It was the day after my high school graduation when I left eastern Kentucky and made the move north to find a job. It was during the fifties and jobs were not to be found in my small hometown, but they were plentiful “up north.”
I had two brothers who had already made the move and were living in suburban Detroit, Michigan. My parents agreed that it would be ok if I tried living away, after all I could always come home. So my new life began. I was sad and a little bit scared. I had never been away from home except for the senior class trip to Washington, DC.
My brother and his wife had four boys at that time. He had a big Buick and it carried all of us north. We traveled from Kentucky to Detroit, Michigan on route 23 North. I always wanted to see the USA and I was really enjoying the scenery. After we crossed the Ohio River at Ashland, Kentucky, the countryside began to change. We were leaving the green hills of Kentucky for the flat land of Ohio.
This was before the Interstates were built and the road was only a two lane road with traffic moving at a much slower pace than today so there was time to see and enjoy the surrounding countryside. You can only look at so many farm-houses, trees, animals and clouds before your mind begins to wander. In those days, not many giant billboards were by the road. Each little town had their own signs for eateries, laundromats and stores and that was about it.
As the Burma Shave signs started to appear, the trip got more exciting. In a series of five or six signs, each slogan was nailed on a stake, and spaced a hundred yards or more apart. These signs caught our attention and entertained grown-ups and children alike for many miles.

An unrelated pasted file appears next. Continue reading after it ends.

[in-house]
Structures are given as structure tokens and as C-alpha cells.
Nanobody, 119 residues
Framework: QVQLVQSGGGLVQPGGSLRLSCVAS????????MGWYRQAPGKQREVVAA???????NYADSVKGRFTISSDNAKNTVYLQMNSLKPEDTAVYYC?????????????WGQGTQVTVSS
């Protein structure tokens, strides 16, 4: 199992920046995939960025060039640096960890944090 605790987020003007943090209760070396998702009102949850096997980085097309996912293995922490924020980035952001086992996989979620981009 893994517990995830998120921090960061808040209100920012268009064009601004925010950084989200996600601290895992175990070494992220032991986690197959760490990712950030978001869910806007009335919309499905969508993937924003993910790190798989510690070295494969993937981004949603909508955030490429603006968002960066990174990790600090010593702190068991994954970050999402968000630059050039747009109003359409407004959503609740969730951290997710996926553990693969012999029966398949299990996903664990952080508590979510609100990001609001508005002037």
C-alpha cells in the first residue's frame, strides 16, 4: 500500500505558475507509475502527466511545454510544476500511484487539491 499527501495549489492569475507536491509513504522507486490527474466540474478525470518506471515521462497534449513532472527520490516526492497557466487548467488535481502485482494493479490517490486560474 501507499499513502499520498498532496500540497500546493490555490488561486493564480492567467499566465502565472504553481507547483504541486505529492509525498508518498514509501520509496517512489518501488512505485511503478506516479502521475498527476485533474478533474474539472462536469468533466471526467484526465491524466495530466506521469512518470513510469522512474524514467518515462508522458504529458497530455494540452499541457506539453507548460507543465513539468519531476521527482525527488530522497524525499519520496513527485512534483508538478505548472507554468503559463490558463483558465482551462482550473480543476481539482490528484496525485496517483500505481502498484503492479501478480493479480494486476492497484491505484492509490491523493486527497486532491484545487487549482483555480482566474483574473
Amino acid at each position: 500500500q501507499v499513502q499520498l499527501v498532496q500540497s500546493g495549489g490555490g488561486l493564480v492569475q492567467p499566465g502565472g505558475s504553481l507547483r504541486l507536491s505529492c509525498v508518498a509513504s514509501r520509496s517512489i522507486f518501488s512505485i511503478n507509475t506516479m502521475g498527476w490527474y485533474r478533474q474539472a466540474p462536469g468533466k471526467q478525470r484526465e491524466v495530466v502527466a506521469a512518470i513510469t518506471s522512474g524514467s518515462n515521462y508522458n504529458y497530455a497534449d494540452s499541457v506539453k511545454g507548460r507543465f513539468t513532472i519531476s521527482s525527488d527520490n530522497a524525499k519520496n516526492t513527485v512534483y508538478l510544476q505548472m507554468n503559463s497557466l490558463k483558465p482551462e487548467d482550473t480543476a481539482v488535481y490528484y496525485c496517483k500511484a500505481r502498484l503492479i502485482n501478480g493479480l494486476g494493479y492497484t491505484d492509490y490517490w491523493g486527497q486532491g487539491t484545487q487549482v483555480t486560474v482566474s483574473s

During the 1950s’ and 60’s my family, which by now included a husband and four children traveled many times from Michigan to Kentucky, throughout Indiana and Illinois, as well as vacation trips all across the Midwest and southern United States. When the kids began squirming, and yelling for the window seats and tattling on the others for touching them, I could usually stop the fighting by pointing out the signs.
I only have room for a few of the slogans here. Enjoy, I surely did.
“The monkey took / One look at Jim / and threw the peanuts / Back at him / He needed / Burma- Shave”
“Slow down, Pa / Sakes alive / Ma missed signs / Four /And five / Burma Shave”
“Said Farmer Brown /Who’s bald / On top / Wish I could / Rotate the crop / Burma-Shave”
The slogans were such a part of life in America that one has been placed in the Smithsonian Institute in Washington, DC. “Shaving brushes/You’ll soon see’em/On a shelf/ In some museum/ Burma Shave